January 2018 Volunteer of the Month

John Oswald


The Chapter is proud to recognize John Oswald as its January 2018 Volunteer of the Month.  John is a senior assurance associate in Ernst & Young's Financial Services Office (FSO), focusing on wealth and asset management clients. But, what makes John so special goes beyond his job description.  He is a young, dedicated, and compassionate volunteer who is always ready to help ALS families. His story, which he authored, gives us a complete picture of why he richly deserves our VOTM honor. We hope it inspires others, and especially other young people, to volunteer their time and talents to positively help those we serve.

“My first memory of ALS was about 15 years ago, while watching the movie The Pride of the Yankees, the story of the life and career of Lou Gehrig. I recall asking my mom, Regina Strain, about the disease that took the life and the name of this Yankee great. One clear memory sticks out in my mind. My mom, whose extensive nursing career had given her a great deal of medical knowledge responded, ‘Lou Gehrig’s disease is a horrible illness that I wouldn’t wish upon anyone.” After that conversation, I didn’t think much more of the devastating disease that six years later would enter our lives.

In early 2009, my mom mentioned that her leg was in pain when we were walking, but I never dwelled on it.  After months of trying to pinpoint exactly what was wrong, she gathered us and calmly told my siblings, Billy and Lisa, and me, ‘I’ve been diagnosed with ALS.’ We could not believe the news, as ALS does not run in our family. However, as research shows, military veterans are twice as likely to be diagnosed with ALS.
Yes, my mom was a proud veteran.

She served in the United States Army and was stationed in West Point, NY. After reaching the rank of Captain, my mother was honorably discharged and moved to the Philadelphia area. She was a labor and delivery nurse at Frankford Hospital (Aria – Jefferson Health, Frankford Campus), Abington Memorial Hospital (Abington -Jefferson Health), and Jeanes Hospital. She then coordinated labor and delivery staff at Temple University Hospital. Mom loved her work and continued as a nurse for more than 20 years. She would often work late and schedule extra hours in an effort to provide for my 2 siblings and me who were always her primary focus.
The hardest part of the disease was witnessing its debilitating impact on the most independent and strongest person in my life. Suddenly, the person who was able to take care of her family needed her family to take care of her. She quickly moved from walker to wheelchair and the impact of ALS left a profound sense of helplessness and sadness. 

My mother’s battle with ALS ended on March 2, 2014. At the time I was a junior at St. Joseph’s University. Almost a year later, in February of 2015, I made a commitment to turn my sadness into giving back to the Chapter, which had helped our family.  I went online to the Chapter’s website and filled out the “Volunteer Interest Form.” I was immediately welcomed into the ALS community and my first assignment: volunteering for the Hot Chocolate event at the Adventure Aquarium.

When I arrived at the Aquarium, any nerves of volunteering for the first time in a new environment were quickly eased when I met the staff of The ALS Association. They were extremely warm and welcoming and became great friends.  At every event, I meet more wonderful volunteers and staff who confirm that the organization is being led by kind and genuine people.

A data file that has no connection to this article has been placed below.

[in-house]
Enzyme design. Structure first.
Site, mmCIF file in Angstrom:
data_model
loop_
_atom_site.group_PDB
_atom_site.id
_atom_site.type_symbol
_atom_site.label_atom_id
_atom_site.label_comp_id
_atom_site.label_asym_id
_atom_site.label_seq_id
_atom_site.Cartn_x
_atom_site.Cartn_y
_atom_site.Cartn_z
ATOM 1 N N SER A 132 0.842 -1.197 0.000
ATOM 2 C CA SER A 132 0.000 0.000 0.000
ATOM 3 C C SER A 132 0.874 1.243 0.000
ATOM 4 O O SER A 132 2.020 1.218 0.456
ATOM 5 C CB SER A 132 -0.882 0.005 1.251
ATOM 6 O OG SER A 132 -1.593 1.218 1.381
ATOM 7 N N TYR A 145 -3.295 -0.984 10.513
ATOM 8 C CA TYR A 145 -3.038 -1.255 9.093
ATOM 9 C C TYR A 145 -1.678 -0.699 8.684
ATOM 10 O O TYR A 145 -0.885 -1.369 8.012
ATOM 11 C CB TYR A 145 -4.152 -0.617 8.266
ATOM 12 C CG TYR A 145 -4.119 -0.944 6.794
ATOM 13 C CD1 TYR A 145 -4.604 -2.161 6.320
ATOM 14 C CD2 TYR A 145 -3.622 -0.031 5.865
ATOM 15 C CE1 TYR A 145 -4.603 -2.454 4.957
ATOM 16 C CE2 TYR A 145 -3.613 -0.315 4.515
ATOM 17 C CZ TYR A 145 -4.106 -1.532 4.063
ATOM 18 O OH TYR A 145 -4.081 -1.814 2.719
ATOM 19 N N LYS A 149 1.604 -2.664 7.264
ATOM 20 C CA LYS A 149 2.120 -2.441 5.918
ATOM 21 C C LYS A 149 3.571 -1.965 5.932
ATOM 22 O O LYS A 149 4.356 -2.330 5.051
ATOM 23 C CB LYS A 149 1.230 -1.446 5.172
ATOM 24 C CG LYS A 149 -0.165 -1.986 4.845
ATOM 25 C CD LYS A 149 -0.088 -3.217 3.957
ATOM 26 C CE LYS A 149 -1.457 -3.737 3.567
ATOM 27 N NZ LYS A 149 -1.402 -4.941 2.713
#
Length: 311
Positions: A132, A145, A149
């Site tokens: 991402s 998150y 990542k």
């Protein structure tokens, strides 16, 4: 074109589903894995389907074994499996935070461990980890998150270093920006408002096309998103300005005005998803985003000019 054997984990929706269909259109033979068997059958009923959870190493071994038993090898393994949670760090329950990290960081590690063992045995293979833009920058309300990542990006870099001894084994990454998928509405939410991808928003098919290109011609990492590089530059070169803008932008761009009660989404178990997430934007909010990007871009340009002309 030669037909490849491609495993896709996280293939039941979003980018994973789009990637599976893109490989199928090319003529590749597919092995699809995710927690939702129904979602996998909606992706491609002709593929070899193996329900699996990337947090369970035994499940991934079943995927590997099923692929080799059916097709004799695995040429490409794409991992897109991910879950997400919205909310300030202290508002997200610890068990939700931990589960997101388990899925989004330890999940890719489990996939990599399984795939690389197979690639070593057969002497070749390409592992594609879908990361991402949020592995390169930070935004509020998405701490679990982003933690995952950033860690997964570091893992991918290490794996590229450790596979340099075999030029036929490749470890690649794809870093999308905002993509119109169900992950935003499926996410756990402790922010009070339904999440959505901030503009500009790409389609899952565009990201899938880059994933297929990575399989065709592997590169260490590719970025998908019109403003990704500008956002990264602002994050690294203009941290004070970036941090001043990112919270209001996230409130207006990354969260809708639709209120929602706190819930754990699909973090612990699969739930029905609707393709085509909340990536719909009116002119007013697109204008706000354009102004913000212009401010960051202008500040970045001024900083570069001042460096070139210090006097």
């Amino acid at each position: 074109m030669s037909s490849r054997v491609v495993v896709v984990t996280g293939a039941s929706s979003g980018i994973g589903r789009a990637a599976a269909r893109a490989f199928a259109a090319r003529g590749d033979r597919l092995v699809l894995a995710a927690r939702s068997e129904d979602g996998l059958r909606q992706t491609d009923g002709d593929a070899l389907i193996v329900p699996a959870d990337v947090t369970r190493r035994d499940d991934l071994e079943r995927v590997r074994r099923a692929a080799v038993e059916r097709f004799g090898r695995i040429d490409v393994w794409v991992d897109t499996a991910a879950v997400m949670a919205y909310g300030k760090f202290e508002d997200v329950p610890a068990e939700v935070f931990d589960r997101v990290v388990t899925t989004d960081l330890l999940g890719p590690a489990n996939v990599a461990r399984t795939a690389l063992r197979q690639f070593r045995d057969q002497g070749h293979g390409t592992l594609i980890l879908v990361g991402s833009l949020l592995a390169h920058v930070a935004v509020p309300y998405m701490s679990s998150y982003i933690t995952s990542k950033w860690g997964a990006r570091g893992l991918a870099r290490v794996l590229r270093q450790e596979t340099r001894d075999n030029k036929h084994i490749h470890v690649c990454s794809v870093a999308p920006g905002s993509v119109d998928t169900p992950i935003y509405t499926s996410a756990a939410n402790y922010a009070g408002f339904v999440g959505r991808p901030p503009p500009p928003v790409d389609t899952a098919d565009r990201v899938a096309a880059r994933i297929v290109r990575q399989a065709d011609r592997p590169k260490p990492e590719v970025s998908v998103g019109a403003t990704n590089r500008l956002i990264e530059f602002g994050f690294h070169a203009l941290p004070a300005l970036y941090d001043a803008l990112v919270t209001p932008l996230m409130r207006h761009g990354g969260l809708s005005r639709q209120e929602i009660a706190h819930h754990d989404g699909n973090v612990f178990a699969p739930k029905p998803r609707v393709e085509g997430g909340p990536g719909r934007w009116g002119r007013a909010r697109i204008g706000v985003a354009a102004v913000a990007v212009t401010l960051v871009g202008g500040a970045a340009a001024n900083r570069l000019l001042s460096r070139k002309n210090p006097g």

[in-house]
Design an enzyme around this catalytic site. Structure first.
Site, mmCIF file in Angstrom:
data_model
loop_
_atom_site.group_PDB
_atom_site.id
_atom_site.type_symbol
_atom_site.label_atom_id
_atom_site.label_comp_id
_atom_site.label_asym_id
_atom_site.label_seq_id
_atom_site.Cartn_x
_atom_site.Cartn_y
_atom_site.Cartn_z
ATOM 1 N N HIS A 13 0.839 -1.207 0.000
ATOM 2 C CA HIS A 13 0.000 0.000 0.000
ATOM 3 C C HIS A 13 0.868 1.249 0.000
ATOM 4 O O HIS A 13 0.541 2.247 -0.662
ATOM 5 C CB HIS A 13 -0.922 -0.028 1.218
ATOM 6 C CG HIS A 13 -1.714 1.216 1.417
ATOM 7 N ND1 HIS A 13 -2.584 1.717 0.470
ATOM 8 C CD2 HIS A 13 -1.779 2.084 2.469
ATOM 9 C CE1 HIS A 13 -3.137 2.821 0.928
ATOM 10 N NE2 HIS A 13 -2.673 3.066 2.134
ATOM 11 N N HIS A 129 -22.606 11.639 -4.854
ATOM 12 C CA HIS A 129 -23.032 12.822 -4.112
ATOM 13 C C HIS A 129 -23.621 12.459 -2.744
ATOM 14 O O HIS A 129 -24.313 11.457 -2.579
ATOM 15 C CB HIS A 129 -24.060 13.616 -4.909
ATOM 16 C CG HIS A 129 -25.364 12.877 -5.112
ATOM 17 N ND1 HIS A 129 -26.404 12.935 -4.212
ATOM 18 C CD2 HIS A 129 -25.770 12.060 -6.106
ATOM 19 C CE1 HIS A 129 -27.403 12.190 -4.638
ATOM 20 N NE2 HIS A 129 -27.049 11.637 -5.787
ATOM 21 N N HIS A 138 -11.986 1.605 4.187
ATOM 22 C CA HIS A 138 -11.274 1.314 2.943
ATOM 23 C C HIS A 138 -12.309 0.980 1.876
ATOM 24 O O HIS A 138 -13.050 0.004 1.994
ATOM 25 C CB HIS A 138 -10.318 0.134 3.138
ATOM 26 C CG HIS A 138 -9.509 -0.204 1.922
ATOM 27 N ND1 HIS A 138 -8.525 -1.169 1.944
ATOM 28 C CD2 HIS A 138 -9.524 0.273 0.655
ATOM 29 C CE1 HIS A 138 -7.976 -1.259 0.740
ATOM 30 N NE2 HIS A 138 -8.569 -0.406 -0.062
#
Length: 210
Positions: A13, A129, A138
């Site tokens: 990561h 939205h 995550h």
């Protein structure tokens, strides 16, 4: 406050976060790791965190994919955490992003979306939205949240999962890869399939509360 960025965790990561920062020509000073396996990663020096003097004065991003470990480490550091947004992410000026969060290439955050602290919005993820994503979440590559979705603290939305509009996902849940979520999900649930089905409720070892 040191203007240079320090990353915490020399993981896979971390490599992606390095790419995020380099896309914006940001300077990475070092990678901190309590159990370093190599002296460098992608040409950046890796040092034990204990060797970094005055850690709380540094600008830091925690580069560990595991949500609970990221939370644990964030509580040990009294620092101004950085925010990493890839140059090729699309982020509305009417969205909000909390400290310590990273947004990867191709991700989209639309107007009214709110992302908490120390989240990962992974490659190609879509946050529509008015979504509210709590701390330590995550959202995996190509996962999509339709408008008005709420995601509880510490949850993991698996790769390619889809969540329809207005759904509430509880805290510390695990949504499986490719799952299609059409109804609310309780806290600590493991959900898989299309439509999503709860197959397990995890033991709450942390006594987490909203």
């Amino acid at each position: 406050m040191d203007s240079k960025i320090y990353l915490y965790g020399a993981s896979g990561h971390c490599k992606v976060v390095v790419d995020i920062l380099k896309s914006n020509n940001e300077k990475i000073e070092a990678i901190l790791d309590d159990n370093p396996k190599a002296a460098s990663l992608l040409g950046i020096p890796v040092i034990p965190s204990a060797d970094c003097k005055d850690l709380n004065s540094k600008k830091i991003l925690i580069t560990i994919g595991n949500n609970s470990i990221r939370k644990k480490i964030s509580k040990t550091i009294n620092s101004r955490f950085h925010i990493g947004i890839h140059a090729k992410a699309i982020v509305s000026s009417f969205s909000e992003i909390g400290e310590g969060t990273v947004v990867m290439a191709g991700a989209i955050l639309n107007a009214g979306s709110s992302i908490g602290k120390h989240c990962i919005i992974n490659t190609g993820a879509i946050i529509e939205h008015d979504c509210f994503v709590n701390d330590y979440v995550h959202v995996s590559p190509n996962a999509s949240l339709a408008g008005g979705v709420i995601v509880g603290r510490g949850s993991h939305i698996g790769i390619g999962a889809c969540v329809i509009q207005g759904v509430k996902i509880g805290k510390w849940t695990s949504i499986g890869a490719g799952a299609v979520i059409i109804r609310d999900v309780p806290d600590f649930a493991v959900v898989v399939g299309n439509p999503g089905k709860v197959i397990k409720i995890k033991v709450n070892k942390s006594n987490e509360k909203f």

Since Hot Chocolate I have participated in many other events. I was introduced to the tremendous work of Len Lodish and his wife, Susan, who each year ride their tandem bike, raising much needed funds for the Chapter. I’ve assisted with assembling the mailings to past donors and others to increase donations. This year, I will use my accounting experience to create easier to use reporting systems for this ride.
I have also helped with these events in different capacities and encourage others to join me:

• Phillies Phestival Program Book
• Greater Philadelphia Walk to Defeat ALS ®
• Patient and Family Holiday Party 
• 40th Anniversary Gala
• Caregivers Day

Since becoming a volunteer with the ALS Association, I am more aware of the amazing work the organization does for those living with ALS, their caregivers and family. When my mother was diagnosed, my family formed a team for the annual Walk to Defeat ALS® at Citizens Bank Park.  Today, I’ve been able to experience even more of the events such as the annual Caregivers Day which gives families affected by ALS a much-needed day of education and relaxation. This is my favorite event because I understand firsthand the stress that can come from this disease.  Not only are stress-relieving activities offered, but the Association teaches classes on new and better ways to care for people affected with ALS.

I especially encourage younger folks to volunteer. Many were my age when my mother was diagnosed. When you are young, it is natural to want to separate your life from this incapacitating disease and pretend it doesn’t exist. However, since volunteering I have been connected with others whose lives have been impacted by ALS and it’s a comforting feeling.

After losing my mother to ALS, volunteering allows me to give back directly in her honor. And, my girlfriend Angel, is also a constant volunteer. It is my hope that we can make a difference in someone’s life.  I know my mom would be very proud to hear that we are volunteering with the ALS Association and even prouder to hear I was named the Volunteer of the Month.”

With my thanks,

John Oswald  


The ALS Association Greater Philadelphia Chapter
321 Norristown Road - Suite 260, Ambler, PA 19002

The ALS Association is a 501(c)3 nonprofit organization and donations are tax deductible to the full extent of the law.